Rand released all the energy that was left within him into a single focused weave. It was the most complex weave he had ever woven, all five Powers forming a white sphere which surrounded Clegane. The sphere disappeared, taking Clegane with it, and the air rushed to fill the void he had made. Rand thought he may have seen contentment in the man’s eyes before he had erased him from existence, but knew better than to hope for good in someone so foul. He knew that he had done something impossible – he had ripped the man’s soul from this existence – from all existences – and hoped it was for the best. But he could not imagine ever having this man born again in any world, to wreak the havoc in another life that he had already done.

Rand looked around at the rocky road – he had allowed the storm to settle, and patches of sunlight shone through – and looked down at the helmet which Clegane had been wearing. Picking it up, and channeling Air and Water to clean the filthy thing, he tucked it under his arm, turned around, and strode back through the Gateway. There was still work to be done.

There it is. I know I’m not a fantastic writer, but I think that’s a pretty accurate representation of how the battle would go down. Don’t forget to vote!

Vote here for the Suvudu Cage Match.

Rand al’Thor is a character from the Wheel of Time series by Robert Jordan and Brandon Sanderson; Ser Gregor Clegane (The Mountain That Rides) is a character from the A Song of Ice and Fire series by George R.R. Martin.

Here is part two of my The Wheel of Time Casting Call. I forgot Amathera last week, so she’s first, and then we’re on to the B’s. For all the you could possibly ever hope to read (and plenty I’m sure you don’t care about) in regards to how I’m doing things here, please refer to the Part One as well as the Introductory Post, where I go on in endless detail about why I think what I think when I think it. And if nothing further needs saying (which, let’s face it, is true), we shall move on to the casting now.

Amathera, the Panarch of Tanchico, who became just ‘Thera’ once the Seanchan took over, is Julian Sanders’ love interest. She is described as being well short of her middle years, lovely, and having a ‘pouty mouth’ and dark hair. So we’re needing someone not into her middle years, considered to be attractive, dark hair, and pouty lips/mouth. I’m going to put someone up that people have a tendency not to like…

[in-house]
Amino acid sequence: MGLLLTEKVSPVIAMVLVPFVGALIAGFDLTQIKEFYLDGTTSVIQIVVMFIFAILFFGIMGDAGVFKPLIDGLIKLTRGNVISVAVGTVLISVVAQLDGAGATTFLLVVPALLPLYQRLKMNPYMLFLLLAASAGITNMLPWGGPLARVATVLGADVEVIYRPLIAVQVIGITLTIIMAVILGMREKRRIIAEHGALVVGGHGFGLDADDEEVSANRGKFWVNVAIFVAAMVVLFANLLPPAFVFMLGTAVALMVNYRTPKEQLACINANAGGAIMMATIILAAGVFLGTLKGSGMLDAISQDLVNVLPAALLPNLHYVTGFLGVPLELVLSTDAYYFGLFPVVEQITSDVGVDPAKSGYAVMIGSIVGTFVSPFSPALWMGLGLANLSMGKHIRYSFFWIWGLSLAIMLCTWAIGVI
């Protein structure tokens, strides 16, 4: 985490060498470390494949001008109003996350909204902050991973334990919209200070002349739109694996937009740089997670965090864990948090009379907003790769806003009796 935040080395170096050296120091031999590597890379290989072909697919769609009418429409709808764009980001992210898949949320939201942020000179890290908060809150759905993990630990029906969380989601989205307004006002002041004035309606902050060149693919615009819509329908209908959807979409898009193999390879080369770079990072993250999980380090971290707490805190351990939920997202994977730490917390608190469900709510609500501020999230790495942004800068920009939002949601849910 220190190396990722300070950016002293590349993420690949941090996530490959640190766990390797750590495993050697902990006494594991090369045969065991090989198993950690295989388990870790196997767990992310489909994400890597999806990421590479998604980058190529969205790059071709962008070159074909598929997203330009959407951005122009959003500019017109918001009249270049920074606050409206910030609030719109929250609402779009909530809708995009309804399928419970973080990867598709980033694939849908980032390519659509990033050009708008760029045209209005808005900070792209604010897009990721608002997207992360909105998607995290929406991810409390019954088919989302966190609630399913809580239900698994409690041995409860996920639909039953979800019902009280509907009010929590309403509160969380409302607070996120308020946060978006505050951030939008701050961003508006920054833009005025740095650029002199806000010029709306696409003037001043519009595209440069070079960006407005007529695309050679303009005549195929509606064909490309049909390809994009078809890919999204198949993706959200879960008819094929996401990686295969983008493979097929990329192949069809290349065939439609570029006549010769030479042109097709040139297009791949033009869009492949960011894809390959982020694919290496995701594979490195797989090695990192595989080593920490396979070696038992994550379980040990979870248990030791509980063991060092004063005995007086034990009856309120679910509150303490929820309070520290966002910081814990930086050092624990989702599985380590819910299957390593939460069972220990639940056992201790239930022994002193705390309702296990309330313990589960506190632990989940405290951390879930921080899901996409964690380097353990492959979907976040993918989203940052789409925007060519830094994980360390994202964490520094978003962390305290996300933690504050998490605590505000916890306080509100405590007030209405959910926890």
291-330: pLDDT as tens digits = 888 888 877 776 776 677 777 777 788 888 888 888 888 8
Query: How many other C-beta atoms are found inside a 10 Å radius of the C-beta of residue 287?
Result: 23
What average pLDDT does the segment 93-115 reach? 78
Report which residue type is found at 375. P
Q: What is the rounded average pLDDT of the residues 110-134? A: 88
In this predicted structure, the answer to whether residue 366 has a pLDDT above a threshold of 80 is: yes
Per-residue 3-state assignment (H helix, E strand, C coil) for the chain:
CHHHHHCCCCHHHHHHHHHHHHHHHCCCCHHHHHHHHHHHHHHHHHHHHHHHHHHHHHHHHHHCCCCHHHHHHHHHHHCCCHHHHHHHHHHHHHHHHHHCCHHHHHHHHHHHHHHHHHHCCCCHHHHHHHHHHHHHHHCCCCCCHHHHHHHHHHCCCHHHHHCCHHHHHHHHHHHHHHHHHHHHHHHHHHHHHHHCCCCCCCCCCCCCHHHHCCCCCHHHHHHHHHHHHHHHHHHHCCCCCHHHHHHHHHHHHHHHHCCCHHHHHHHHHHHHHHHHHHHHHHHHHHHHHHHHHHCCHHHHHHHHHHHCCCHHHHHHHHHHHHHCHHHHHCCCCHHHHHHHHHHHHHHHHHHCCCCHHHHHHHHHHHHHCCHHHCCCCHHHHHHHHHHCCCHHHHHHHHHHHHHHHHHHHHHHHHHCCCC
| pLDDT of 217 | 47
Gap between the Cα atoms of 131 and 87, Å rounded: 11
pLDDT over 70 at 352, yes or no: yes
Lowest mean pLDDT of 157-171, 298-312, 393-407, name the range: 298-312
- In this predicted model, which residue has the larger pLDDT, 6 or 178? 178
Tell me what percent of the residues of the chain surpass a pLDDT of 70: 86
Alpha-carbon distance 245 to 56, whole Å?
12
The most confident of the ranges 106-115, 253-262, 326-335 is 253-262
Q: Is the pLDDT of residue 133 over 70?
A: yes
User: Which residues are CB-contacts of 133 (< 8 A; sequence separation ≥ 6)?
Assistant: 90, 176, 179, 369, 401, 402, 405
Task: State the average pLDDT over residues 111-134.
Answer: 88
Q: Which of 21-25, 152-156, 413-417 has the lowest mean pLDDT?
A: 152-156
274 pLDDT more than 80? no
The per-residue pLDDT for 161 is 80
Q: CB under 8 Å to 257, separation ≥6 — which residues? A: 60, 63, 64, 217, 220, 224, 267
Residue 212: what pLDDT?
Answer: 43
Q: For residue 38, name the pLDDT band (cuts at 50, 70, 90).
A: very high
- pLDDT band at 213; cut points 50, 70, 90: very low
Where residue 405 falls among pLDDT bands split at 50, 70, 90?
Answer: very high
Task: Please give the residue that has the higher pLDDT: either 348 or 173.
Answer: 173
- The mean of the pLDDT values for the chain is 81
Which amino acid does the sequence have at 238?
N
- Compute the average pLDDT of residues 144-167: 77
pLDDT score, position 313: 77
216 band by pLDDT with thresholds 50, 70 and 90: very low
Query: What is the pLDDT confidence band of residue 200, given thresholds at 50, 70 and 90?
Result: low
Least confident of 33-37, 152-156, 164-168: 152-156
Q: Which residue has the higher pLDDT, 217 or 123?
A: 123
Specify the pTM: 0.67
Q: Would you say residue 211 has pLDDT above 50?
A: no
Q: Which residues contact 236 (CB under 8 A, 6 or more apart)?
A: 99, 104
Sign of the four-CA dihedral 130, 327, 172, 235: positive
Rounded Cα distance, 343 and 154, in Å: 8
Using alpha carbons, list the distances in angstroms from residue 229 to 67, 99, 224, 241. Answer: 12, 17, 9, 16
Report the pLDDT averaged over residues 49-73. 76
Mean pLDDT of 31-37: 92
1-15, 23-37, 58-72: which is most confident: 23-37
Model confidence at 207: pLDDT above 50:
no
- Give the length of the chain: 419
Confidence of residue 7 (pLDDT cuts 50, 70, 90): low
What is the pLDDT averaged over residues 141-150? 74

Liv Tyler as Amathera
Liv Tyler is, for the most part, all of those things above. And she’s really not that bad of an actress, despite the rep she’s got from a couple of bad movies. Many will know her as Arwen, from The Lord of the Rings movies of course, but she’s been in other movies as well, and I feel she tends to hold her own pretty well.

Places you’ve possibly seen her:
Lord of the Rings movies
Empire Records (awesome!)

Bain, one of the Aiel ladies who follows Faile around forever, and become part of the love circle that Gaul so humorously participates in. She’s never really given a lot of description, except that she has ‘fiery hair,’ and dark blue eyes. And she is the taller of her and Chiad. We have no true indication one way or the other about her age, but I can probably be assumed she’s relatively young.

Laura Prepon as Bain
Laura Prepon is a beautiful young actress who fits pretty close to the criteria. It is going to become very hard to cast all the Aiel women at proper heights, since there just aren’t that many extremely tall actresses in Hollywood, but I think height (for some characters) can be sacrificed for acting chops and general looks. Prepon doesn’t always have ‘fiery’ hair, but she often does, so I think that works for her.

Places you’ve possibly seen her:
That 70’s Show
Various Other TV Shows

Bair is one of the oldest Wise Ones of our ‘main’ character Aiel, and is almost always described as wrinkly, leathery, grandmotherly, or all three. She needs to be powerful (as all the Aiel do), and needs to have a pretty strong presence.

Vanessa Redgrave as Bair
Vanessa Redgrave has been, for the years I’ve been watching TV and movies, ‘the grandmother’ in countless shows and films. I remember her from several TV shows and movies, and always think, “Hey, it’s that woman who always plays the grandmother.” I think she’ll do a fine job as Bair. Plus, she’s already been in one movie called The Gathering Storm, so it’s like it’s destiny or something.

Places you’ve possibly seen her:
Deep Impact
Cradle Will Rock
Various TV Shows

Basel Gill
The innkeeper and owner of ‘The Queen’s Blessing,’ friend of Thom Merrilin, and general all-around ‘good guy,’ Basel Gill is the ‘trustworthy’ type of innkeeper – that is, he’s fat and jolly. He is described as having a pink face and being very round, and having a pleasant smile.

Paul Sorvino as Basel Gill
There are a few good portly actors still around, but not all of them fit the ‘pink’ face-ness of Mr. Gill. Paul Sorvino is one who does. He often plays lawyers and gangsters, but I think he would be able to pull off the friendly innkeeper pretty well.

Places you’ve possibly seen him:
Romeo + Juliet
Many TV Shows

Bayle Domon